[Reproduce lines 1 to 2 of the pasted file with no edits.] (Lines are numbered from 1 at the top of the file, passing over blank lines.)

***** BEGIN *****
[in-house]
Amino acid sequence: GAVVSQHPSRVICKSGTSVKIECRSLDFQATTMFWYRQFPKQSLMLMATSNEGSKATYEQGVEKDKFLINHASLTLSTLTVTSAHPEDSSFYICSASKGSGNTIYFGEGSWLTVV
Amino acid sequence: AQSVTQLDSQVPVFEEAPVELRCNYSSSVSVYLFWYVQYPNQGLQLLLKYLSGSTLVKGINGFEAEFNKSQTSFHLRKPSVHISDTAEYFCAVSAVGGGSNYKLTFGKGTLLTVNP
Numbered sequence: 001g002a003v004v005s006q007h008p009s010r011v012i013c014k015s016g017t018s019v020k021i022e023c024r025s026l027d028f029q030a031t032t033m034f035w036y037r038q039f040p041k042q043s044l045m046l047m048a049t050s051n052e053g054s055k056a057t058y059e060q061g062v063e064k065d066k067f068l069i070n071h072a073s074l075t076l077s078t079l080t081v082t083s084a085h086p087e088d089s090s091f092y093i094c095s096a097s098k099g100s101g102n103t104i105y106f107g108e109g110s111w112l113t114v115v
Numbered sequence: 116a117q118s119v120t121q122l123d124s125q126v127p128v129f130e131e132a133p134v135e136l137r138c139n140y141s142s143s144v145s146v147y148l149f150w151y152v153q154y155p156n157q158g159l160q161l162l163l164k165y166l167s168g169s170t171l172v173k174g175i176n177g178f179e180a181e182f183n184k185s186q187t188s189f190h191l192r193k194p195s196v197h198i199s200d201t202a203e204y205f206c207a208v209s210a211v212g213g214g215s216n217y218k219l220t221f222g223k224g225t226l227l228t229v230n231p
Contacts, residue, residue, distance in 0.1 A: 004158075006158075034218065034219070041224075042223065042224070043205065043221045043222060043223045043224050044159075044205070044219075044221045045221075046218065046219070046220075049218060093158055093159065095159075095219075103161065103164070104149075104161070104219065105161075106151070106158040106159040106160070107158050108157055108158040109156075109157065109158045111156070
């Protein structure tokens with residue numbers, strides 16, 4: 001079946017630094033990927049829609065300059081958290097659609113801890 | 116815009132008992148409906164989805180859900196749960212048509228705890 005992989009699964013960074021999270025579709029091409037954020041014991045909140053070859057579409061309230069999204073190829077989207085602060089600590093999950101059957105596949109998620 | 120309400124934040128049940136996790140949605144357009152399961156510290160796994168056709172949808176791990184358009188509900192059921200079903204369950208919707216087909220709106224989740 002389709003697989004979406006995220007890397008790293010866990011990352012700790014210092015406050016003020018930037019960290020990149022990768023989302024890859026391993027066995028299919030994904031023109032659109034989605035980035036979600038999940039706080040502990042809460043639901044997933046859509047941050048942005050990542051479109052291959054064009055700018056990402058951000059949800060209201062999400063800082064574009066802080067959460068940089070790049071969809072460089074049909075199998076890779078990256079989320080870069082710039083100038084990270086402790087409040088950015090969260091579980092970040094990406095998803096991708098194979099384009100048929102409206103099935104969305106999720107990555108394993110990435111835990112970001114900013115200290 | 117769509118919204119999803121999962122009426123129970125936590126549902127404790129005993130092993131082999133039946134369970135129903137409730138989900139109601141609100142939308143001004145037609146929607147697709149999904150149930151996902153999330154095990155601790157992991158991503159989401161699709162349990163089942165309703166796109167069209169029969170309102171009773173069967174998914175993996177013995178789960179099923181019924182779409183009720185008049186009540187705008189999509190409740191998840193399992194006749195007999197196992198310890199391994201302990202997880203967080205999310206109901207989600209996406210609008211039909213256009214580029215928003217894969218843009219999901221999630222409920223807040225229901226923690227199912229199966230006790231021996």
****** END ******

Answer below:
[in-house]
Amino acid sequence: GAVVSQHPSRVICKSGTSVKIECRSLDFQATTMFWYRQFPKQSLMLMATSNEGSKATYEQGVEKDKFLINHASLTLSTLTVTSAHPEDSSFYICSASKGSGNTIYFGEGSWLTVV